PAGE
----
Churchill was in fact a prolific writer. He’d been a military reporter and penned several books. But what’s less well documented is that Churchill also wrote on topics as diverse as nuclear fission, cells, and evolution, with articles published throughout the 1920s and 30s. Some scholars believe that this newly discovered piece may have been inspired by the 1938 radio broadcast of The War of The Worlds by Orson Welles, which resulted in a “Mars fever.”
Churchill kept close ties with scientists during and after the war, and was the first prime minister to bring on a science adviser. He spurred an interest in science in the country, supported the erecting of labs and telescopes, and even founded Churchill College, an institution much like MIT which has since turned out 32 Nobel Prize winners. During the war, he promoted the use of radar and supported the country’s nuclear program.
Churchill considered the Goldilocks Zone, and other astronomical principles in his argument.
Still, it was a great shock when this newly discovered document entitled, “Are We Alone in the Universe?” was unearthed. The 11-page article was first written in 1939 and had been edited lightly for publication in the 1950s. Somehow, it had been forgotten. Then in the 1980s, a copy was given to the National Churchill Museum in Fulton, Missouri. There it remained until the museum’s newest director, Timothy Riley, came across it in 2016.
After finding out it hadn’t been published, he passed it on to the journal Nature. Soon, two other copies were found in UK archives. The journal didn’t publish the article in its entirety.
Astrophysicist Dr. Mario Livio, who received the piece from Riley, penned the version in Nature. He told the BBC that copyright issues, for the time being, made its full publication impossible. But the museum is working to see that it will eventually be released. Livio gave insights into the famous leader’s thinking, peppering his piece with quotes from the original text. Using the “Copernican Principle,” Churchill argues that the vastness of the universe and the multiplicity of planets leads us to believe that we are not alone.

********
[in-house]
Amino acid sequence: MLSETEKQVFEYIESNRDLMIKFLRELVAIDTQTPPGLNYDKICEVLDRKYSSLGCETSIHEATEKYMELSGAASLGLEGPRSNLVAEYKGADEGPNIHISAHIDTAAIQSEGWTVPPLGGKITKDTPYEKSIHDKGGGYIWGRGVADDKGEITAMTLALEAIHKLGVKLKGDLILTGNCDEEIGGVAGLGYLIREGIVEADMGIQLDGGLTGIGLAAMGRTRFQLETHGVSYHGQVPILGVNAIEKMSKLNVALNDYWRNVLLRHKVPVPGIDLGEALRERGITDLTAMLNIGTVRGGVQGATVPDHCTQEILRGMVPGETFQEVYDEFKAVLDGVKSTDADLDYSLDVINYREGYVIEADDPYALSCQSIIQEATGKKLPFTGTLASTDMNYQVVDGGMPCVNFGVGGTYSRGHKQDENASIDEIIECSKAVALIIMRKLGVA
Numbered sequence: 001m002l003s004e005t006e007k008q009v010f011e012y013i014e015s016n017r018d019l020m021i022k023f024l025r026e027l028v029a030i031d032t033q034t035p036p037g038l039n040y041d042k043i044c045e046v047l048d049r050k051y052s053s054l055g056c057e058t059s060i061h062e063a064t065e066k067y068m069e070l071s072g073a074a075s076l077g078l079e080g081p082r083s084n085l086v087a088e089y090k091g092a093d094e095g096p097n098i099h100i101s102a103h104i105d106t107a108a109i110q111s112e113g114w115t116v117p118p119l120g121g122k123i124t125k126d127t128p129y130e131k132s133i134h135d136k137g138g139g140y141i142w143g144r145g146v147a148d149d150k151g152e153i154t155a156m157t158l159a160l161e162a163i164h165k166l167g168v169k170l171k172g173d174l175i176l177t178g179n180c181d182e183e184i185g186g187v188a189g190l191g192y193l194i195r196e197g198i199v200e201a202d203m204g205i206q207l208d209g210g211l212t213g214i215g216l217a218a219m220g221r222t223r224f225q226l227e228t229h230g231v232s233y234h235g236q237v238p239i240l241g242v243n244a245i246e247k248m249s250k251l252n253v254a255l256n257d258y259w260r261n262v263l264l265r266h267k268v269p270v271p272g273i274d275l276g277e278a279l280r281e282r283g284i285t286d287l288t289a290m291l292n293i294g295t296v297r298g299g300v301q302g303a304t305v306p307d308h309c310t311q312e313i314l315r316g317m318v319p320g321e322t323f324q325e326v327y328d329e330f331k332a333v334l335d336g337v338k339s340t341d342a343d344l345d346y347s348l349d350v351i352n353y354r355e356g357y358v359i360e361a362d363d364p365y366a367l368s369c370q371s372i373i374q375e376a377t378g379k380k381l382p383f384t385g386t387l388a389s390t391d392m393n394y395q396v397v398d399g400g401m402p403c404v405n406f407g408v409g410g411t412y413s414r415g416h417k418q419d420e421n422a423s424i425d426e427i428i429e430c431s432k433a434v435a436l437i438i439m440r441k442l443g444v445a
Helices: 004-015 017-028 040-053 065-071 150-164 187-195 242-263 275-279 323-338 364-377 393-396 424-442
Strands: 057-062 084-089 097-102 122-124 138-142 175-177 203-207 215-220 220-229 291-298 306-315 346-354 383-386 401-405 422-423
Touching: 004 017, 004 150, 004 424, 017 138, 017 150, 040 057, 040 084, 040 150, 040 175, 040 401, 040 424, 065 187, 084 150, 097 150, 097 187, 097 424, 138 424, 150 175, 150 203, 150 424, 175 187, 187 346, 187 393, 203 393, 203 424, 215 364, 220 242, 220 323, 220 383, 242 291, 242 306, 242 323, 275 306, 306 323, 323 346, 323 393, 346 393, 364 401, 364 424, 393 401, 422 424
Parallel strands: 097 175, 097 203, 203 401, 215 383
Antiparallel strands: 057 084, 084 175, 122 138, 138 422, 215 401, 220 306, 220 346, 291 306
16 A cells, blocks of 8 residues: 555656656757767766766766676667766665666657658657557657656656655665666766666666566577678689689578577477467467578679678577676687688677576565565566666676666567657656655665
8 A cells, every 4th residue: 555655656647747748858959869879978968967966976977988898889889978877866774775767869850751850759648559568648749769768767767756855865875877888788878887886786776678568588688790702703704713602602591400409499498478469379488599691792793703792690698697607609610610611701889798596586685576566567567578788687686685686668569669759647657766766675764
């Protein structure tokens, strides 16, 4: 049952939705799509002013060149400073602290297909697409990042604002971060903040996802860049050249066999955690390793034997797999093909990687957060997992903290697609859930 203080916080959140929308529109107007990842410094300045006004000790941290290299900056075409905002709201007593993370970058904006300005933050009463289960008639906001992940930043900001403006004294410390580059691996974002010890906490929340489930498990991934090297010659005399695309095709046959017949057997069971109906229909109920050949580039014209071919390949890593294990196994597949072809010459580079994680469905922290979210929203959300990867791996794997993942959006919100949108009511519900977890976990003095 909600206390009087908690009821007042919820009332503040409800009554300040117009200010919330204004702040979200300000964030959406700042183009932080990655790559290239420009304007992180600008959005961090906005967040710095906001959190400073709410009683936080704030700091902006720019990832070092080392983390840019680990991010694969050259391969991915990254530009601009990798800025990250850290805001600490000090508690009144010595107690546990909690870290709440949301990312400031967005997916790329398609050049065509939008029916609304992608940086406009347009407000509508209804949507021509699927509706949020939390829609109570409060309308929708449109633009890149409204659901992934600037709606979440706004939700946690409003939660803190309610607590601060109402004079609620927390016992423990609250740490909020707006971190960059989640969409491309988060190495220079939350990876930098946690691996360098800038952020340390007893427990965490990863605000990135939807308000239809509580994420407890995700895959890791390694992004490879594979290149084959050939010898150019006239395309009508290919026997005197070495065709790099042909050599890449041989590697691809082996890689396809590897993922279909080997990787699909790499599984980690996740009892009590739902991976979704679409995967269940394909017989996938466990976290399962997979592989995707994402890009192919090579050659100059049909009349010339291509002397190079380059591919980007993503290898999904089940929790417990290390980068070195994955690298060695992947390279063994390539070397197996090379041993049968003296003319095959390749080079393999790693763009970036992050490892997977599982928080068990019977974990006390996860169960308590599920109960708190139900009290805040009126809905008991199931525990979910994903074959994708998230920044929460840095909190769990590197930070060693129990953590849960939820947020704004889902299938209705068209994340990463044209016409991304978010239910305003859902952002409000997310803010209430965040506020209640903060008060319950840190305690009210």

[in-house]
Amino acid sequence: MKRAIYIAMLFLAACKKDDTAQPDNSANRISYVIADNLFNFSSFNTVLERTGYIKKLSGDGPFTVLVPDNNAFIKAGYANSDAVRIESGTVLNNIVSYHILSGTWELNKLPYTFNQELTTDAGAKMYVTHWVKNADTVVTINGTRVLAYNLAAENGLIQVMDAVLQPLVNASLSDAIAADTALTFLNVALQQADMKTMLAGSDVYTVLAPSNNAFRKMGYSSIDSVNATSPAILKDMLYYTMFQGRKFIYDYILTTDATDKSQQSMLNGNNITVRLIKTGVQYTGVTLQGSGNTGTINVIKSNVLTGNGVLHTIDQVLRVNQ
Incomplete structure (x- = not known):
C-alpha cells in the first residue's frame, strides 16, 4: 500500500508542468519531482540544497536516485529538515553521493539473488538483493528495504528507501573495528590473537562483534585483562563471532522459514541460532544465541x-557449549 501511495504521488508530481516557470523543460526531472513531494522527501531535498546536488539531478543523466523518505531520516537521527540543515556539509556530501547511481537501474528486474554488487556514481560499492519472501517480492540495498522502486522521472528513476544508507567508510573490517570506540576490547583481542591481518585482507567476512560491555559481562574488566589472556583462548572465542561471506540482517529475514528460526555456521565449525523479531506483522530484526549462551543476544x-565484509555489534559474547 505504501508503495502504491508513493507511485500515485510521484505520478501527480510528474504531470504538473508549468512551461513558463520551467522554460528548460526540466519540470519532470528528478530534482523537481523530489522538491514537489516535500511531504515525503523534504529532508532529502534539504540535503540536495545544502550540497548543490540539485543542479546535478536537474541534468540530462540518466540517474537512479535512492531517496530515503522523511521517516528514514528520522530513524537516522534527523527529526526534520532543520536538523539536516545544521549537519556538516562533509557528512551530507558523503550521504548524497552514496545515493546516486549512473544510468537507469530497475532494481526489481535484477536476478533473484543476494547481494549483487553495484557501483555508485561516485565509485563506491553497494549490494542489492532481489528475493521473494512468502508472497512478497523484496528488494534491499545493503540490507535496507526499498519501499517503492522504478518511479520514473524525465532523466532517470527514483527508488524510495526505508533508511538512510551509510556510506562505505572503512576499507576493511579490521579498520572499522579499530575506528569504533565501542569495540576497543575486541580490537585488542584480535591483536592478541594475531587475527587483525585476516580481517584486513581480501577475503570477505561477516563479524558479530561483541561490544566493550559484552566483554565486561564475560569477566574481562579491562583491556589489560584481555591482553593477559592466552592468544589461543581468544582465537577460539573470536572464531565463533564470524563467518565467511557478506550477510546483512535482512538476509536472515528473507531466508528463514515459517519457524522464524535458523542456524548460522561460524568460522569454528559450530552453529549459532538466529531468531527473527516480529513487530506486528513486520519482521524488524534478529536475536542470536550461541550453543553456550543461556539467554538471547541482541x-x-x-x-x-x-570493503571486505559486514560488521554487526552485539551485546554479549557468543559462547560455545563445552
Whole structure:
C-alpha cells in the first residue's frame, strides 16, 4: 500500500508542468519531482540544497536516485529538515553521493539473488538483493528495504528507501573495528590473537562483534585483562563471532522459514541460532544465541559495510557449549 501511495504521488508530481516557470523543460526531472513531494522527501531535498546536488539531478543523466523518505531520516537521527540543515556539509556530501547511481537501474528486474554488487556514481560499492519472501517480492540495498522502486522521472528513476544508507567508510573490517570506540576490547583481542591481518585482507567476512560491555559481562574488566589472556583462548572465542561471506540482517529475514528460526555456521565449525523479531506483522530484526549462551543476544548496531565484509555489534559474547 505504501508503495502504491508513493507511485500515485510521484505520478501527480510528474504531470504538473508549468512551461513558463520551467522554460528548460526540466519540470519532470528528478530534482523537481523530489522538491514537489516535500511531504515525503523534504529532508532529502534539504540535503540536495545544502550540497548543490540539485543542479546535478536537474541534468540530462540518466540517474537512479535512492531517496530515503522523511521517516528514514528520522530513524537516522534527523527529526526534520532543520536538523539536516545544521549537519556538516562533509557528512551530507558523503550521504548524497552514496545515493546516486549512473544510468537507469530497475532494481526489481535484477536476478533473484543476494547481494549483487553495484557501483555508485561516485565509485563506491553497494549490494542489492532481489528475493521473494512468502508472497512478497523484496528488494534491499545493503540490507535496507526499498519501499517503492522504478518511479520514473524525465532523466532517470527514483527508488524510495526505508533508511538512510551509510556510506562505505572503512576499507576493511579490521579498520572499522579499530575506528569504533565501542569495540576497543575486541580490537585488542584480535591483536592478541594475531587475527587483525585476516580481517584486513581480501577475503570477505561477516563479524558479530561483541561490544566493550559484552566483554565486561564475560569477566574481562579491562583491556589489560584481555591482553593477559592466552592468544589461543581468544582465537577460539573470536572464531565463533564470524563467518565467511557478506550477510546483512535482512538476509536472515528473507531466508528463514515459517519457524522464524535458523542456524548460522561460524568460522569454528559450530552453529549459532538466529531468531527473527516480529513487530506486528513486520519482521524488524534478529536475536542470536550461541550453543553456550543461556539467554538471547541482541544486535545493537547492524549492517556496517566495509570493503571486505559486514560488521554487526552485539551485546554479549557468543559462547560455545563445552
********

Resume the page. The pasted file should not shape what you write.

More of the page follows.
“The sun is merely one star in our galaxy, which contains several thousand millions of others” Churchill writes. From there, he presumes that there are probably other forms of “comparatively highly-organised life.” Next, he concentrates on life’s need for water. Though other liquids may support it, “nothing in our present knowledge entitles us to make such an assumption.”
Water on Mars. Unfortunately, nothing lingers there now. But life may have inhabited the red planet in the past.
We are just beginning to learn that water is abundant in the universe, and can even be found on asteroids and on the moon. Next, Churchill concentrates on areas in solar systems which are in what we’d call today the “Goldilocks” zone, where a planet is far enough from a star as not to be too hot, but close enough so as not to be too cold. Having the right atmosphere and gravity to trap gases are important too, which Churchill considered.
He then states that Mars and Venus are our only neighbors who could harbor life. Venus’s atmosphere is poisonous. But some studies suggest that it may have, at one time, been habitable. Today, astrobiologists consider Saturn’s moon Titan or Jupiter’s Europa as possible life-containing bodies.
Though Churchill says that our sun may be unique, he also states, “I am not sufficiently conceited to think that my sun is the only one with a family of planets.” Churchill’s words were extremely forward thinking, as the discovery of exoplanets only began two decades ago. He also foresaw the space program. "One day, possibly even in the not very distant future, it may be possible to travel to the Moon, or even to Venus and Mars.” But whether we could cross the great distances to see if nearby exoplanets host life, Churchill was in doubt.
The then-prime-minister ends his essay by writing, “with hundreds of thousands of nebulae, each containing thousands of millions of suns, the odds are enormous that there must be immense numbers which possess planets whose circumstances would not render life impossible.”
Then he says, “I, for one, am not so immensely impressed by the success we are making of our civilization here that I am prepared to think we are the only spot in this immense universe which contains living, thinking creatures, or that we are the highest type of mental and physical development which has ever appeared in the vast compass of space and time.”
To learn more about this newly unearthed essay, click here: